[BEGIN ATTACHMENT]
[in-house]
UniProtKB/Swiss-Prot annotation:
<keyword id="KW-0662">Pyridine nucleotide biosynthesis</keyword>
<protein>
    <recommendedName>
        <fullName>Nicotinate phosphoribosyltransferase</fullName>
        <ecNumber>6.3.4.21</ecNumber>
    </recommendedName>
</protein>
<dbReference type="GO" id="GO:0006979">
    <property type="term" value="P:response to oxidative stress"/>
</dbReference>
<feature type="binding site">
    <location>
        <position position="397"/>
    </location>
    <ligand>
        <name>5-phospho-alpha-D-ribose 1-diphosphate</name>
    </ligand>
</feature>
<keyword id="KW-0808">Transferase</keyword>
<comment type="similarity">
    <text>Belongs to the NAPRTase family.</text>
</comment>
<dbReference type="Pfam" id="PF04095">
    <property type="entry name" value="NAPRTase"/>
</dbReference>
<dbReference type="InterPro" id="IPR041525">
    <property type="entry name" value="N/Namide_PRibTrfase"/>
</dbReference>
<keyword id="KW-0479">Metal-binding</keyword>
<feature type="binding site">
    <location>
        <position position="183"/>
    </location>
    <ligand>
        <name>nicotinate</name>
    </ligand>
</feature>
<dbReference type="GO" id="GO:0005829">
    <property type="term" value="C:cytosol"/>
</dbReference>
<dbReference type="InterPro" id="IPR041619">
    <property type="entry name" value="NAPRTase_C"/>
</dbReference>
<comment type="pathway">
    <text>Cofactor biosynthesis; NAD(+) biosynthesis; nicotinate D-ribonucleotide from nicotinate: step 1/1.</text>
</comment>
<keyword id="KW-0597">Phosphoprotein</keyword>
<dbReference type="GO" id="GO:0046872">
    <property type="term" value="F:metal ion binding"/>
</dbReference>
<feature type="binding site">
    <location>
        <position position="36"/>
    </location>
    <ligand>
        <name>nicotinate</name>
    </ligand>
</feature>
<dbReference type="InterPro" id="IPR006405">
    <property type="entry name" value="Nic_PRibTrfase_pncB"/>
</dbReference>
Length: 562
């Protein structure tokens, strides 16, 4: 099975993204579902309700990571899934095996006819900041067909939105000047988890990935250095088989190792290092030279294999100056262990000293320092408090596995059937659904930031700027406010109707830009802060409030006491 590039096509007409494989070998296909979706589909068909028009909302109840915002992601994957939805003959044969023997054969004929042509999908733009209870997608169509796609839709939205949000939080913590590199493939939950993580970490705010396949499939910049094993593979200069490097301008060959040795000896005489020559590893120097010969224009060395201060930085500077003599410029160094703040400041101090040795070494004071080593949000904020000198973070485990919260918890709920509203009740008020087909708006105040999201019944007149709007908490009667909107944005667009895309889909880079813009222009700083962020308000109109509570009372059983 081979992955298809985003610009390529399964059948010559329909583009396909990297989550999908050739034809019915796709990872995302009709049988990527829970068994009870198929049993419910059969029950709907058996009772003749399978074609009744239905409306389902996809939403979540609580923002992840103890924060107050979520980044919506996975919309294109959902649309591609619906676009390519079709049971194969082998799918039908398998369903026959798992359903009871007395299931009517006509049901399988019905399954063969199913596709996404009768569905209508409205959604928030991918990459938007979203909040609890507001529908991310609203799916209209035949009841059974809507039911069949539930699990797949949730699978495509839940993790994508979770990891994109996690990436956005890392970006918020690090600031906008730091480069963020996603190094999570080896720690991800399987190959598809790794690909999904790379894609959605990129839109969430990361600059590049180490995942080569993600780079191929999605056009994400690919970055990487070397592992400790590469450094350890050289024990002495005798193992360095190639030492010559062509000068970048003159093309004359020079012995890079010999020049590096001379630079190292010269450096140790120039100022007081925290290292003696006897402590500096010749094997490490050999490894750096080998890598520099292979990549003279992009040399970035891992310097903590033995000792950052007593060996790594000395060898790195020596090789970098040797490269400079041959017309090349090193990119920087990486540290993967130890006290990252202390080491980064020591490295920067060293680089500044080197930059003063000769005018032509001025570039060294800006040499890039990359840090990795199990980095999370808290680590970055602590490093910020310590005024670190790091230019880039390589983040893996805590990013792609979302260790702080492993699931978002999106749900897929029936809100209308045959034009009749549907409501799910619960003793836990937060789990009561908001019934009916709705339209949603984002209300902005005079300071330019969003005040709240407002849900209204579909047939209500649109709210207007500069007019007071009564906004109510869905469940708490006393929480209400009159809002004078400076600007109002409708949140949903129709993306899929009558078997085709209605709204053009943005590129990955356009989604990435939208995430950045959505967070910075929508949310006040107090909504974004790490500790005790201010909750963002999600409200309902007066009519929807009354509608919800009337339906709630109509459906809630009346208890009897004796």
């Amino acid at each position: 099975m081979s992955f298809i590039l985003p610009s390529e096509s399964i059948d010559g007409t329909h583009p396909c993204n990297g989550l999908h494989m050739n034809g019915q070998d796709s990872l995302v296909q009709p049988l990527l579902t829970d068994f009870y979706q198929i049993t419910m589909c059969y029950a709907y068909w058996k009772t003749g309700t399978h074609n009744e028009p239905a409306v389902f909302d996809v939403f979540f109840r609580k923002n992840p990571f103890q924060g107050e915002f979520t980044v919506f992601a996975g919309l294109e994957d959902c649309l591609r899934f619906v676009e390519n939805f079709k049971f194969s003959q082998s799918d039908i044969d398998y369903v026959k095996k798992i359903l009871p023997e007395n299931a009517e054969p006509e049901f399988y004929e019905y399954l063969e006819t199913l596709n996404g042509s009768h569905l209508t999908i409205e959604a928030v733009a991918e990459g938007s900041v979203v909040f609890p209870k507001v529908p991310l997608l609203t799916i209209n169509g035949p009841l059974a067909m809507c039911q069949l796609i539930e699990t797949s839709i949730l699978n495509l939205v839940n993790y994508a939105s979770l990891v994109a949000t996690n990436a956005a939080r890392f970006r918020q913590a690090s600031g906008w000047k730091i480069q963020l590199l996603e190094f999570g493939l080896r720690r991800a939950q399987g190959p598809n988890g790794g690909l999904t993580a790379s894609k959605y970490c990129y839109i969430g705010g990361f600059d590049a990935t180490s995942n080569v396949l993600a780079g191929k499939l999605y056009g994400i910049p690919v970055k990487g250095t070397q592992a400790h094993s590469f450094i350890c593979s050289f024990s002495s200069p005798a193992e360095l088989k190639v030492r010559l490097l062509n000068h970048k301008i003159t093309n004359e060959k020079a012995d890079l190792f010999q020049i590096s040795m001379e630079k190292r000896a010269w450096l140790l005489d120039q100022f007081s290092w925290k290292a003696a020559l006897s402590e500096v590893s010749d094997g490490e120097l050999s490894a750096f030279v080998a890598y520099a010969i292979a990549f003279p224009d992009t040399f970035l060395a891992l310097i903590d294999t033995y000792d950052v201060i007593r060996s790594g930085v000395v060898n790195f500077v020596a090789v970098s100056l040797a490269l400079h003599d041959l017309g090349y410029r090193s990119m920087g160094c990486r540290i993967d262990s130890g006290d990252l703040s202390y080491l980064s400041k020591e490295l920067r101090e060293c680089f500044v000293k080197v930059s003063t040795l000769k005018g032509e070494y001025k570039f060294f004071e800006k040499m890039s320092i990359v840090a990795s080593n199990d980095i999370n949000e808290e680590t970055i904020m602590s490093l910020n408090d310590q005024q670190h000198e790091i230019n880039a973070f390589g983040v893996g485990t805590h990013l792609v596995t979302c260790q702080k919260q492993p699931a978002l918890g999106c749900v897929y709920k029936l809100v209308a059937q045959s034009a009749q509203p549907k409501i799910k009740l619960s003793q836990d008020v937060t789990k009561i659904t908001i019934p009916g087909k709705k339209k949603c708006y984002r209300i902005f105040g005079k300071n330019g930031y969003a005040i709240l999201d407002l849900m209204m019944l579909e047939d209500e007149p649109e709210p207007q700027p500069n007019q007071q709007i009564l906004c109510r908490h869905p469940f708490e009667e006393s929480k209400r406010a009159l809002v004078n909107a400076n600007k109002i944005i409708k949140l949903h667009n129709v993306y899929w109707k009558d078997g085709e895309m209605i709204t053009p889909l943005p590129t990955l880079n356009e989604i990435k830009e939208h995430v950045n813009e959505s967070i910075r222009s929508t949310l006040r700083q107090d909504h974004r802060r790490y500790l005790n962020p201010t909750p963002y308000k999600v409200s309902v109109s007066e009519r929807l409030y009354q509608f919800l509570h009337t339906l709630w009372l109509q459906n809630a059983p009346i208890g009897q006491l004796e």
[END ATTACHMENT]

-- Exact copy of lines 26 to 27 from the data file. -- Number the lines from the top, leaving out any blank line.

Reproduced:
    <property type="entry name" value="NAPRTase"/>
</dbReference>